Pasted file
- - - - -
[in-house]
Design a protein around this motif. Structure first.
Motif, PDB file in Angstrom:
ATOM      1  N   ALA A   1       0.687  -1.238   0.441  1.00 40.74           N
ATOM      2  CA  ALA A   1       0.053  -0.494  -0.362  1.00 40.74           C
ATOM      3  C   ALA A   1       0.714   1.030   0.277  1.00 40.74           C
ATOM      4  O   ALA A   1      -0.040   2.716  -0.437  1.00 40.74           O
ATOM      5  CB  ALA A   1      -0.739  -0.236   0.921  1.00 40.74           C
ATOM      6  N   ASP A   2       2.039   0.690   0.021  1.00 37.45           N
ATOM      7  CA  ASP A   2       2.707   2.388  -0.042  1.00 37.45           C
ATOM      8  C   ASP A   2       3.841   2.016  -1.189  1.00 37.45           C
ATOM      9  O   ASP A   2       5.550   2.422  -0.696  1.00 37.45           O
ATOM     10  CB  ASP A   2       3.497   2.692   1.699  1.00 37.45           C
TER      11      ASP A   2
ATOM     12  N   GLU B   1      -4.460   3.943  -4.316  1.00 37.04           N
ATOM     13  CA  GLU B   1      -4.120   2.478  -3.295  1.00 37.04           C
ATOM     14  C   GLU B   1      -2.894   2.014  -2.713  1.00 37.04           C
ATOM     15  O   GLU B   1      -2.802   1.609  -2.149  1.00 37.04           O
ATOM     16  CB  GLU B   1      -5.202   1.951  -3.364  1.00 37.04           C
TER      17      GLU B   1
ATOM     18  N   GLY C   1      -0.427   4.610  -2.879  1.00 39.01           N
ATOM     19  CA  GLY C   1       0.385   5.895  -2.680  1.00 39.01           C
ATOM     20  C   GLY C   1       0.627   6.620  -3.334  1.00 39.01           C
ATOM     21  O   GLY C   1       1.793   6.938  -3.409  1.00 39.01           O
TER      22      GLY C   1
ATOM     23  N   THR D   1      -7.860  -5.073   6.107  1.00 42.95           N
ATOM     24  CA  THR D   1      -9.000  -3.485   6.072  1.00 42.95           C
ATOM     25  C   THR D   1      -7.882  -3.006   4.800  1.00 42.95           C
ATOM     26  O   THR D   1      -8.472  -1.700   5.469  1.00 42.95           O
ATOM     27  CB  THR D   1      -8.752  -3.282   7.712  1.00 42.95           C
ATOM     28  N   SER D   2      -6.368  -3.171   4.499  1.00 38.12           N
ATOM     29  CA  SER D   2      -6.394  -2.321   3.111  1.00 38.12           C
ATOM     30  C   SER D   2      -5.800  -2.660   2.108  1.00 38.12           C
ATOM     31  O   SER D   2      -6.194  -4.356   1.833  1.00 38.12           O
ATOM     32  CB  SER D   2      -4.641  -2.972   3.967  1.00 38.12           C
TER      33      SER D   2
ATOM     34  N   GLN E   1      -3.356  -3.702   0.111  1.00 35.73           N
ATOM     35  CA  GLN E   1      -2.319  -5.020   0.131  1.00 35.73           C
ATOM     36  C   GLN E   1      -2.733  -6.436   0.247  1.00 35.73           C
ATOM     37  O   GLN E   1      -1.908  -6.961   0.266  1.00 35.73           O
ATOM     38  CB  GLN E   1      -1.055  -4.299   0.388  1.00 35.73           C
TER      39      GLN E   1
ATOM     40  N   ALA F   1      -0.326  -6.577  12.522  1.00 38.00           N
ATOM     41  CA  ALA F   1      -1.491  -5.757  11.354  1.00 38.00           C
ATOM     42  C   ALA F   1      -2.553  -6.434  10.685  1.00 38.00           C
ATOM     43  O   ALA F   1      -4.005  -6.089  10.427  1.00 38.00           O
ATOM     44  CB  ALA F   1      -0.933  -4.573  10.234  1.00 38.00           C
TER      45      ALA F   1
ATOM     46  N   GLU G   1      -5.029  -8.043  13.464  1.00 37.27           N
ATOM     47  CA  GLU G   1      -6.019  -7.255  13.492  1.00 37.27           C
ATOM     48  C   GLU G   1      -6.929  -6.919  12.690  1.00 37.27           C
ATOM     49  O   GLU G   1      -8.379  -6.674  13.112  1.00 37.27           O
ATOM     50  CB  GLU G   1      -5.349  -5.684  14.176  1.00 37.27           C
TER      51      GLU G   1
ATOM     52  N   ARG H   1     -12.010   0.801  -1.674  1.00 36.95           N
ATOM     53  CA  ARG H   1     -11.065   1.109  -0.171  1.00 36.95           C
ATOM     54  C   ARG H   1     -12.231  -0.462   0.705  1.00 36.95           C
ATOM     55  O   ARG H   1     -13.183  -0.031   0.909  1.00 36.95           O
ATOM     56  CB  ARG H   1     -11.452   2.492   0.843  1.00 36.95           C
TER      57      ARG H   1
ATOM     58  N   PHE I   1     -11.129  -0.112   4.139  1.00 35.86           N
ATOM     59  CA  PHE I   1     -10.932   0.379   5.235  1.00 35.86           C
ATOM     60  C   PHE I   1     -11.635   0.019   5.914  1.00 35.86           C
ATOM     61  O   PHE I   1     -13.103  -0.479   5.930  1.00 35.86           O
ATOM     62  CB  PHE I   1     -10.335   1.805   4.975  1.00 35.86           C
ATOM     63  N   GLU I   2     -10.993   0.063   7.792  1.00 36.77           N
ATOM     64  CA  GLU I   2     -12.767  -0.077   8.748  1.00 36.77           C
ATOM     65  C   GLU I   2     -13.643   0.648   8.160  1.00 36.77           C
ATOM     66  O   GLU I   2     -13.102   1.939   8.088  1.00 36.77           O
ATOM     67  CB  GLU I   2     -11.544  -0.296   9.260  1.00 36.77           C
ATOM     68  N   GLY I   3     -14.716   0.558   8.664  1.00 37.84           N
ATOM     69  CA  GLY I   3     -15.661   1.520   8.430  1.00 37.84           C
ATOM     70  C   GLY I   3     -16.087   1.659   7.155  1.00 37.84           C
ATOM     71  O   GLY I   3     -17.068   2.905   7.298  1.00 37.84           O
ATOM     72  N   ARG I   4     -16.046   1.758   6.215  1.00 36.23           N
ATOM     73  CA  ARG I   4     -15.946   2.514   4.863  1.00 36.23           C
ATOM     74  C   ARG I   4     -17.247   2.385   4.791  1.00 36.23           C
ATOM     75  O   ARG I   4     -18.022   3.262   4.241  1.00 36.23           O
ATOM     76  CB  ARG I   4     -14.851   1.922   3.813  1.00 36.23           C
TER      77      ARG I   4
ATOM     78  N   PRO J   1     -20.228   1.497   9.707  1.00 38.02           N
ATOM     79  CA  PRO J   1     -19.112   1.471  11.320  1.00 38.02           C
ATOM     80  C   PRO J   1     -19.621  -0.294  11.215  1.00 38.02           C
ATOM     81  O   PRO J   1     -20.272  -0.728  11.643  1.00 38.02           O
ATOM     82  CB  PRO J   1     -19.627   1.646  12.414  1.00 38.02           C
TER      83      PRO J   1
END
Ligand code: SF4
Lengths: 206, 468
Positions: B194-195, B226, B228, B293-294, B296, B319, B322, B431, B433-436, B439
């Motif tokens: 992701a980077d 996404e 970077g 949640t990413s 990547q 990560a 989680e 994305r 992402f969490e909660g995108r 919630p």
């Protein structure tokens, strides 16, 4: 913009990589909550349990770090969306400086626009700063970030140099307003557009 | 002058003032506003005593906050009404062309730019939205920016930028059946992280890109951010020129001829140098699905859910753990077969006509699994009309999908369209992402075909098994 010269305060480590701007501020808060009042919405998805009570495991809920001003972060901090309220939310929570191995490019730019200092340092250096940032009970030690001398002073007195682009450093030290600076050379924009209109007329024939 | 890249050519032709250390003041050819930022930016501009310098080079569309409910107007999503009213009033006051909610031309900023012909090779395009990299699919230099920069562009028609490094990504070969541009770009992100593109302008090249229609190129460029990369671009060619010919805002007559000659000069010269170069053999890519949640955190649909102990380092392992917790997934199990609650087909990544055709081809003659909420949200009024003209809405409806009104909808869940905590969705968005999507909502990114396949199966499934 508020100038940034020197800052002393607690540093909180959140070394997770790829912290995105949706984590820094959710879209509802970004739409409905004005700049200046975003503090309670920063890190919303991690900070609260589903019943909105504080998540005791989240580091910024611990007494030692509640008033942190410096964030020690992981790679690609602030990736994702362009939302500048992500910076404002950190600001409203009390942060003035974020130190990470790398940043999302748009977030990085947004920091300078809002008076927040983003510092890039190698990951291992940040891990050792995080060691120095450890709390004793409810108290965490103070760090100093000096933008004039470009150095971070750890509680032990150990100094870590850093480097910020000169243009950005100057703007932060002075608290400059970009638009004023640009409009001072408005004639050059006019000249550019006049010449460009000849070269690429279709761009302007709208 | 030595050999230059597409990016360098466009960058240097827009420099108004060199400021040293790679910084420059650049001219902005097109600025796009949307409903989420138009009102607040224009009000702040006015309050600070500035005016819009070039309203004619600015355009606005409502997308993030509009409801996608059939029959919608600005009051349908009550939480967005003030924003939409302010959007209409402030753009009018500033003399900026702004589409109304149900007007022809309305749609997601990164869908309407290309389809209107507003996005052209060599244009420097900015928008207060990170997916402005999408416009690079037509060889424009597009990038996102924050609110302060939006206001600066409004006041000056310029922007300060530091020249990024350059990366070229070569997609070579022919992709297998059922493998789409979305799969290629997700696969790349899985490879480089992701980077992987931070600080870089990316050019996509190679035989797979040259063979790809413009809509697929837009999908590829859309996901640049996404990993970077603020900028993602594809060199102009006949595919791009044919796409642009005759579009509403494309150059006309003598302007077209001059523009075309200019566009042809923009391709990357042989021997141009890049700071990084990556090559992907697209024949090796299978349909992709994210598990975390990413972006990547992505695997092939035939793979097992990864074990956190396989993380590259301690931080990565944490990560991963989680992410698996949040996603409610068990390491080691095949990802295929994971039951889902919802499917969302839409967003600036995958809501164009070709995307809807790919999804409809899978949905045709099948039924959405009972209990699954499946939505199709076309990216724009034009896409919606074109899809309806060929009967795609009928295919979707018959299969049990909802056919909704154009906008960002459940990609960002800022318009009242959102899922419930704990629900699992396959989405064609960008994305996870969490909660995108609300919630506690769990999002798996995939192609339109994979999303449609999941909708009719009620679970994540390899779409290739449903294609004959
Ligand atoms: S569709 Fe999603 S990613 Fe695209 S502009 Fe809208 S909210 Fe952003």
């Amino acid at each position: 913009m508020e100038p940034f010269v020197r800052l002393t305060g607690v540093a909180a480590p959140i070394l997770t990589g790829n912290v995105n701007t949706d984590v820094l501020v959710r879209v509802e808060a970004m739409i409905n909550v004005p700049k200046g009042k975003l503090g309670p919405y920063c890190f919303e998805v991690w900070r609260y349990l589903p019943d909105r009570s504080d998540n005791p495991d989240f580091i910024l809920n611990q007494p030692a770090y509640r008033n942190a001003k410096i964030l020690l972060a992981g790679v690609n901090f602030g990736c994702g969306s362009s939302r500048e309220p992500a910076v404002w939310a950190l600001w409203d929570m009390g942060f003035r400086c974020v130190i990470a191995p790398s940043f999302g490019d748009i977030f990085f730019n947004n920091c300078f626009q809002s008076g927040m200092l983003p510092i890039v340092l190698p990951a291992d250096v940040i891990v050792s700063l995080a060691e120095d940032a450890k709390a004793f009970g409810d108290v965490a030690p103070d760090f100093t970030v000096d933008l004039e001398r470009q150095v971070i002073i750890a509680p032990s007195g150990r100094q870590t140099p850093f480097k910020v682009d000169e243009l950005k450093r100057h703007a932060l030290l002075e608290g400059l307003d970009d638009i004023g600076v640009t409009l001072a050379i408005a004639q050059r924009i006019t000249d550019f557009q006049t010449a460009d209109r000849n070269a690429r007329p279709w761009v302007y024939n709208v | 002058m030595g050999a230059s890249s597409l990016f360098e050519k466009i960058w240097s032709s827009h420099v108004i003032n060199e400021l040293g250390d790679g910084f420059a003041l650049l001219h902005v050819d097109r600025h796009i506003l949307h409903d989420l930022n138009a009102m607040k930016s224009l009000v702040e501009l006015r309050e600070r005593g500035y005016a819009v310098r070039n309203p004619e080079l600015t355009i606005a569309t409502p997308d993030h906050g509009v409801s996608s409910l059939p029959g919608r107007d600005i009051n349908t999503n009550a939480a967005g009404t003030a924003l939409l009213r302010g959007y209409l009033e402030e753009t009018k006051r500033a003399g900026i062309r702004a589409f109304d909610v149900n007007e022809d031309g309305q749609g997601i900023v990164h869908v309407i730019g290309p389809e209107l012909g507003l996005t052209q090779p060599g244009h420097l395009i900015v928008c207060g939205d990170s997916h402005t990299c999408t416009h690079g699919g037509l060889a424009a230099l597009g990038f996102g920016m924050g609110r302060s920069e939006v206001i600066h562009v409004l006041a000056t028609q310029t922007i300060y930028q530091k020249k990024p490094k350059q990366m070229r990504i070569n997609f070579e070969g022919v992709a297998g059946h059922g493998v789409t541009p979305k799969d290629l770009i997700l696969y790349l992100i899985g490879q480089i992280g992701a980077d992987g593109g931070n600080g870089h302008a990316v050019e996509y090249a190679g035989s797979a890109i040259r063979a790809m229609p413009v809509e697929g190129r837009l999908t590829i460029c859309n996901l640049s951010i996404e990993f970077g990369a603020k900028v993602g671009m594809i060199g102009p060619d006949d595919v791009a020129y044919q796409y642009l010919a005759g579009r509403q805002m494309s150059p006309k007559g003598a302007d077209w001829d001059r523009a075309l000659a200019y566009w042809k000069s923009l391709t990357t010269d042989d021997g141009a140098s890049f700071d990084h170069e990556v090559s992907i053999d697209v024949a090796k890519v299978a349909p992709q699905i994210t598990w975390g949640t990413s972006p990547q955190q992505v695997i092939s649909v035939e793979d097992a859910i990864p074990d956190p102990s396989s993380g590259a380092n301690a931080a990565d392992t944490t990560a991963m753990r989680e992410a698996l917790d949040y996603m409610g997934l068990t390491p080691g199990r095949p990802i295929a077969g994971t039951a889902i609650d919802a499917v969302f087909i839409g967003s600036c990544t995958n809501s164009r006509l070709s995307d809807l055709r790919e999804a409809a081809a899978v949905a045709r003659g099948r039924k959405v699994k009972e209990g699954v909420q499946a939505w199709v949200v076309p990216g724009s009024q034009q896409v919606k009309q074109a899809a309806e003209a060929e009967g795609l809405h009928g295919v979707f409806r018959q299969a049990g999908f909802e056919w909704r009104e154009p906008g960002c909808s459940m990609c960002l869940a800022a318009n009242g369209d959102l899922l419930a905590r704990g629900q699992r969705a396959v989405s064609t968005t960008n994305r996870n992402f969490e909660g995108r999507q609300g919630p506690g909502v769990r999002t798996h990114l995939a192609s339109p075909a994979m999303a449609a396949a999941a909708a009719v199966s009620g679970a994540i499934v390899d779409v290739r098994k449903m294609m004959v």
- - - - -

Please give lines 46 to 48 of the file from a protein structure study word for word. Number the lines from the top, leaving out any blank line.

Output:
ATOM     43  O   ALA F   1      -4.005  -6.089  10.427  1.00 38.00           O
ATOM     44  CB  ALA F   1      -0.933  -4.573  10.234  1.00 38.00           C
TER      45      ALA F   1